James Madison put it well: “As there is a degree of depravity in mankind, which requires a certain degree of circumspection and distrust: So there are other qualities in human nature, which justify a certain portion of esteem and confidence.”

But, over the years, this balanced wisdom was lost. Leaders today do not believe their job is to restrain popular will. Their job is to flatter and satisfy it. A gigantic polling apparatus has developed to help leaders anticipate and respond to popular whims. Democratic politicians adopt the mind-set of marketing executives. Give the customer what he wants. The customer is always right.--------
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Western democratic systems were based on a balance between self-doubt and self-confidence. They worked because there were structures that protected the voters from themselves and the rulers from themselves. Once people lost a sense of their own weakness, the self-doubt went away and the chastening structures were overwhelmed. It became madness to restrain your own desires because surely your rivals over yonder would not be restraining theirs.

This is one of the reasons why Europe and the United States are facing debt crises and political dysfunction at the same time. People used to believe that human depravity was self-evident and democratic self-government was fragile. Now they think depravity is nonexistent and they take self-government for granted.

Neither the United States nor the European model will work again until we rediscover and acknowledge our own natural weaknesses and learn to police rather than lionize our impulses.


http://www.nytimes.com/2012/05/18/opinion/the-age-of-innocence.html?_r=1

Riaz Haq said...

Here's an excerpt of Stephen Kinzer's NPR interview on his book about Dulles brothers:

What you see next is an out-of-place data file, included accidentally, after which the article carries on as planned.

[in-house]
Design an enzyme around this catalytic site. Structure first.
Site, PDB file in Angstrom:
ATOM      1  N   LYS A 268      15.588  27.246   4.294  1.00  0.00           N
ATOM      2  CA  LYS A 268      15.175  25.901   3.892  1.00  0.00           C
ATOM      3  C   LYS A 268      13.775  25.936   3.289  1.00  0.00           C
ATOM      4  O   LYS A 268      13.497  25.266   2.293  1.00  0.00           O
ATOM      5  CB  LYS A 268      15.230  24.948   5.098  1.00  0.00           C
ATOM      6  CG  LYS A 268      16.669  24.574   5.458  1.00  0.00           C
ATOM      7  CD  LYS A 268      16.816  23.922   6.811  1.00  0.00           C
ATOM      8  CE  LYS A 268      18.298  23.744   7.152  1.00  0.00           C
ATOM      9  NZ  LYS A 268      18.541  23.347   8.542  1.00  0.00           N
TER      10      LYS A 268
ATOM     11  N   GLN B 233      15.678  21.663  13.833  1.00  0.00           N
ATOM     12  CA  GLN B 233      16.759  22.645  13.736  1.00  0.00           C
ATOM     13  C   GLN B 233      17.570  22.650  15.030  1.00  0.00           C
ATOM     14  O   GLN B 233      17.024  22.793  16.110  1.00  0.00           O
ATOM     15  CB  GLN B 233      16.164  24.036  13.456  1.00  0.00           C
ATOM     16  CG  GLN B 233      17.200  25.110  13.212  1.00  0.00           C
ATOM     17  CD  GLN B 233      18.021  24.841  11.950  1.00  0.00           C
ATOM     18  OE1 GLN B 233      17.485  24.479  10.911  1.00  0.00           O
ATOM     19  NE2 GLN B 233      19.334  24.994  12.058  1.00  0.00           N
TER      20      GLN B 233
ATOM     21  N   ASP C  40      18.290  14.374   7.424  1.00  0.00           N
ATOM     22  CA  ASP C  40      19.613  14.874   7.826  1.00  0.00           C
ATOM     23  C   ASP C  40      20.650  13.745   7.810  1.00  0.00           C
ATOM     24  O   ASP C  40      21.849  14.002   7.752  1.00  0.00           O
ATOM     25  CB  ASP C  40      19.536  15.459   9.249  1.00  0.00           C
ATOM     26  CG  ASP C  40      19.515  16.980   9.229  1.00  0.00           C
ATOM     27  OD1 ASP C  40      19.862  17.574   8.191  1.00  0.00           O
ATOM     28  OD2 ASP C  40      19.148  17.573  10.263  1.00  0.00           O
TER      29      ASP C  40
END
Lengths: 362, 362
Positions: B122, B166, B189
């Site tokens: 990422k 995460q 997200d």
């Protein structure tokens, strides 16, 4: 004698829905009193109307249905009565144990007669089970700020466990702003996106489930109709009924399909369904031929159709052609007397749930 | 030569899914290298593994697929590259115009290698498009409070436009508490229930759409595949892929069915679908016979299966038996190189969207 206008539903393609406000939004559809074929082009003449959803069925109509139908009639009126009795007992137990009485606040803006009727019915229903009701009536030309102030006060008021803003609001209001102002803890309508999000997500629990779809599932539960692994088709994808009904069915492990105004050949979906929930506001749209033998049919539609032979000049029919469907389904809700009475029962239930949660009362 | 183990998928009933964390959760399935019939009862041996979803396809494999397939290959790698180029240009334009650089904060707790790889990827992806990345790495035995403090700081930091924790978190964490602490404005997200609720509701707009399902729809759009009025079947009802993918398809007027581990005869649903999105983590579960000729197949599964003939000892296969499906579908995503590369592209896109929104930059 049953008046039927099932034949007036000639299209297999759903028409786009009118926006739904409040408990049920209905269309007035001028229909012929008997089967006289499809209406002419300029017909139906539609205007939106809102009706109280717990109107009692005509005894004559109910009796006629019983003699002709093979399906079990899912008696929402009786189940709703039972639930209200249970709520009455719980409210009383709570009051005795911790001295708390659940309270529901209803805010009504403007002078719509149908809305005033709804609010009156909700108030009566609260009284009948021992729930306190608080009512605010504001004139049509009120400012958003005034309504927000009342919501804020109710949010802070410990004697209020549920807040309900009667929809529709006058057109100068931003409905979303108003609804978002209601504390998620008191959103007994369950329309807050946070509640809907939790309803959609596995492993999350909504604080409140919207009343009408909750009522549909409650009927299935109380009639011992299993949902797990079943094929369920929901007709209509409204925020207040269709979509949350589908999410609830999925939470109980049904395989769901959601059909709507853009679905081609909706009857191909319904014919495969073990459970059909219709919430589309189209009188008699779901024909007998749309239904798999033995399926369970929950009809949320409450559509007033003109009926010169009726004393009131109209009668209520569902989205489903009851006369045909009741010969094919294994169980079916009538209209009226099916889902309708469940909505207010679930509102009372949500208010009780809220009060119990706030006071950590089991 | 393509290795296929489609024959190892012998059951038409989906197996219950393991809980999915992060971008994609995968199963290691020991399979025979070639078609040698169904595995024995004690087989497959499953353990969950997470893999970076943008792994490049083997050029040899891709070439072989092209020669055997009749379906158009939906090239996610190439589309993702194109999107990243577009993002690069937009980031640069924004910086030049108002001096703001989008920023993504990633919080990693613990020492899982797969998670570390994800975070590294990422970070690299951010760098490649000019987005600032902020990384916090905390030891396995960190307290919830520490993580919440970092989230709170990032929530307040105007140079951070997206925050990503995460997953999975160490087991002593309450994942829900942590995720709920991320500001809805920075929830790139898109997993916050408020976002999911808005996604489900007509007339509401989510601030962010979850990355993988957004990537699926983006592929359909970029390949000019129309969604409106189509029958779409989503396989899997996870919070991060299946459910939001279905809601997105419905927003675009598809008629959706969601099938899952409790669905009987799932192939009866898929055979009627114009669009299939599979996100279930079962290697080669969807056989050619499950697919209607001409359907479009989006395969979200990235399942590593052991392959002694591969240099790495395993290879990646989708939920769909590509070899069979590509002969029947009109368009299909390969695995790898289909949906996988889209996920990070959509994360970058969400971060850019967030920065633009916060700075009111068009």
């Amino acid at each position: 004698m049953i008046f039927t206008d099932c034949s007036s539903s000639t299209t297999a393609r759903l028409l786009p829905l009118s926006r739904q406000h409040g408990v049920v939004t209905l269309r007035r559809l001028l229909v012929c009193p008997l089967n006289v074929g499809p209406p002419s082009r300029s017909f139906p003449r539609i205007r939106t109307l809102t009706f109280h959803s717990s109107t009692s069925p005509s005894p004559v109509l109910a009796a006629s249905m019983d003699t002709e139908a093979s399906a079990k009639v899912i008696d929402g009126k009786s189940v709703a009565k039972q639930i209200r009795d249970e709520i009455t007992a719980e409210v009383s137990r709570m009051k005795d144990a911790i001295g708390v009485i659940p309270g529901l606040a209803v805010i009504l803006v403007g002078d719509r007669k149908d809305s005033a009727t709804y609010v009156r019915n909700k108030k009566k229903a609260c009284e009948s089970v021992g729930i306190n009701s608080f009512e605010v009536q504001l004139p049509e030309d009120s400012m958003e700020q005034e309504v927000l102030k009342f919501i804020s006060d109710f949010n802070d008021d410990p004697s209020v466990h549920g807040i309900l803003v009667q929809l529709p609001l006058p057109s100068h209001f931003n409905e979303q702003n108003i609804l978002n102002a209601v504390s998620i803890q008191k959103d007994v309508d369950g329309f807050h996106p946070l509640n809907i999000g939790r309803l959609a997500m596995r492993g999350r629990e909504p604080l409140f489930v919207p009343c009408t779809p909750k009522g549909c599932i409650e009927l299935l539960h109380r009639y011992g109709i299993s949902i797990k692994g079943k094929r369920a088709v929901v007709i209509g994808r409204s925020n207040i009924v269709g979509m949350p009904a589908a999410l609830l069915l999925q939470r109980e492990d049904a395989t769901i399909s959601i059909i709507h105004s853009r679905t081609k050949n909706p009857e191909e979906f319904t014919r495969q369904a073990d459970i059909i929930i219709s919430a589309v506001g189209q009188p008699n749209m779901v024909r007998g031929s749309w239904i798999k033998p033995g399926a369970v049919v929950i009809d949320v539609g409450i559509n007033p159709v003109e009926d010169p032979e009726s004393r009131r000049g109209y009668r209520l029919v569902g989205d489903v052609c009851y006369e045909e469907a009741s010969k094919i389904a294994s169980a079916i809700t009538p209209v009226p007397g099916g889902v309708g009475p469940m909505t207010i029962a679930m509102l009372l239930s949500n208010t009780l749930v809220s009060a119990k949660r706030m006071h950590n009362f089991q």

On the Dulles' ability to overthrow regimes in Iran and Guatemala but not in Cuba or Vietnam

They were able to succeed [at regime change] in Iran and Guatemala because those were democratic societies, they were open societies. They had free press; there were all kinds of independent organizations; there were professional groups; there were labor unions; there were student groups; there were religious organizations. When you have an open society, it's very easy for covert operatives to penetrate that society and corrupt it.

Actually, one of the people who happened to be in Guatemala at the time of the coup there was the young Argentine physician Che Guevara. Later on, Che Guevara made his way to Mexico and met Fidel Castro. Castro asked him, "What happened in Guatemala?" He was fascinated; they spent long hours talking about it, and Che Guevara reported to him ... "The CIA was able to succeed because this was an open society." It was at that moment that they decided, "If we take over in Cuba, we can't allow democracy. We have to have a dictatorship. No free press, no independent organizations, because otherwise the CIA will come in and overthrow us." In fact, Castro made a speech after taking power with [Guatemalan President Jacobo] Árbenz sitting right next to him and said, "Cuba will not be like Guatemala."

Now, [Vietnamese Communist leader] Ho Chi Minh was not establishing an open society ... the fact is, he had a dictatorship, he had a closed, tyrannical society, and that made it much more difficult for the CIA to operate. So we find this irony that if [Prime Minister of Iran Mohammad] Mossadegh and Árbenz had been the tyrants that the Dulles brothers portrayed them as being, the Dulles brothers wouldn't have been able to overthrow them. But the fact that they were democrats committed to open society made their countries vulnerable to intervention in ways that Vietnam and particular North Vietnam then were not.

On how things might have been different had the Dulles brothers not intervened

It's quite possible, even likely, had the Dulles brothers not been [in Vietnam] or had acted differently, there never would've been an American involvement in Vietnam at the cost of a million lives and more than 50,000 Americans. Guatemala wouldn't have suffered 200,000 dead over a period of 35 years in the civil war that broke out after they intervened in Guatemala and destroyed democracy there. Iran fell under royal dictatorship and then more than 30 years of fundamentalist religious rule as a result of the Dulles brothers' operations. Had they not intervened in Iran we might've had a thriving democracy in the heart of the Muslim Middle East. ...

So you look around the world and you see these horrific situations that still continue to shake the world, and you can trace so many of them back to the Dulles brothers.


http://www.npr.org/2013/10/16/234752747/meet-the-brothers-who-shaped-u-s-policy-inside-and-out